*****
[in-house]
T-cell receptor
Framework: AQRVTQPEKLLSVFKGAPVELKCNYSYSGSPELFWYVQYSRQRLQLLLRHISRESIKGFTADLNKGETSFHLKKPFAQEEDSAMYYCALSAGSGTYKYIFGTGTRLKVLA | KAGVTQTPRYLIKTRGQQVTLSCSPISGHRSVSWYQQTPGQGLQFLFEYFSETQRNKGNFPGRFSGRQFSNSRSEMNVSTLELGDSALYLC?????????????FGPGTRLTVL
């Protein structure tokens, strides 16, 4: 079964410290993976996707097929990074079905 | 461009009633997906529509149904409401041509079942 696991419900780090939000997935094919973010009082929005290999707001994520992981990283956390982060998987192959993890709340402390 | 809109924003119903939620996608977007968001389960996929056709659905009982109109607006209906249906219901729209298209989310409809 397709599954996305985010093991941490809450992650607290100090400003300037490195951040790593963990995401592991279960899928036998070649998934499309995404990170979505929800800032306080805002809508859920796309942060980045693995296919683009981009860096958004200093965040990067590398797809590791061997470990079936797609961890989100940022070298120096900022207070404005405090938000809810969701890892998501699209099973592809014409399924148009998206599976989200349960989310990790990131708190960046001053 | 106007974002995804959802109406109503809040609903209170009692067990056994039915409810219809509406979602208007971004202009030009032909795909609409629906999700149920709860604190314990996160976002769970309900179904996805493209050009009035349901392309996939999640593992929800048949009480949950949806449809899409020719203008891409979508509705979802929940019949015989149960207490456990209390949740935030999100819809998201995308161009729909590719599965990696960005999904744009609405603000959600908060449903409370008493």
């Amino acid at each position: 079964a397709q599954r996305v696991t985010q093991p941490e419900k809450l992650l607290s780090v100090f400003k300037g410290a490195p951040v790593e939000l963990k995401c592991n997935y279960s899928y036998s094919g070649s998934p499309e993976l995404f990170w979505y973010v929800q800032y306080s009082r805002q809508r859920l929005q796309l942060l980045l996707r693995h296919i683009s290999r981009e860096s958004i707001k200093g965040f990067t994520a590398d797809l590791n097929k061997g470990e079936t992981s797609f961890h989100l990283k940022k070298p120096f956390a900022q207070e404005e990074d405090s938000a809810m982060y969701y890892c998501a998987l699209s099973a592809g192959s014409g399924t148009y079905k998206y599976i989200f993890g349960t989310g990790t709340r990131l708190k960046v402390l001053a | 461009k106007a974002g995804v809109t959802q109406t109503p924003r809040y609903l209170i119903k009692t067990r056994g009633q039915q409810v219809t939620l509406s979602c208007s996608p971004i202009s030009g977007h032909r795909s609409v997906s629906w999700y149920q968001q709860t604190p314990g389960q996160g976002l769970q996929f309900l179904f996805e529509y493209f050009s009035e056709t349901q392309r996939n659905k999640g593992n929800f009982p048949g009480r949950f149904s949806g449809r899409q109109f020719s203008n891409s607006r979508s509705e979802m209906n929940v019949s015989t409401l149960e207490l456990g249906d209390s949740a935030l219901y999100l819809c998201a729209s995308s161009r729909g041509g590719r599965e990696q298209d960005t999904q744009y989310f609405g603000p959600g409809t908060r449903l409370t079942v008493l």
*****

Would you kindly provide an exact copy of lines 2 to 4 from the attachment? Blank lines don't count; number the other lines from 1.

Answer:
T-cell receptor
Framework: AQRVTQPEKLLSVFKGAPVELKCNYSYSGSPELFWYVQYSRQRLQLLLRHISRESIKGFTADLNKGETSFHLKKPFAQEEDSAMYYCALSAGSGTYKYIFGTGTRLKVLA | KAGVTQTPRYLIKTRGQQVTLSCSPISGHRSVSWYQQTPGQGLQFLFEYFSETQRNKGNFPGRFSGRQFSNSRSEMNVSTLELGDSALYLC?????????????FGPGTRLTVL
């Protein structure tokens, strides 16, 4: 079964410290993976996707097929990074079905 | 461009009633997906529509149904409401041509079942 696991419900780090939000997935094919973010009082929005290999707001994520992981990283956390982060998987192959993890709340402390 | 809109924003119903939620996608977007968001389960996929056709659905009982109109607006209906249906219901729209298209989310409809 397709599954996305985010093991941490809450992650607290100090400003300037490195951040790593963990995401592991279960899928036998070649998934499309995404990170979505929800800032306080805002809508859920796309942060980045693995296919683009981009860096958004200093965040990067590398797809590791061997470990079936797609961890989100940022070298120096900022207070404005405090938000809810969701890892998501699209099973592809014409399924148009998206599976989200349960989310990790990131708190960046001053 | 106007974002995804959802109406109503809040609903209170009692067990056994039915409810219809509406979602208007971004202009030009032909795909609409629906999700149920709860604190314990996160976002769970309900179904996805493209050009009035349901392309996939999640593992929800048949009480949950949806449809899409020719203008891409979508509705979802929940019949015989149960207490456990209390949740935030999100819809998201995308161009729909590719599965990696960005999904744009609405603000959600908060449903409370008493």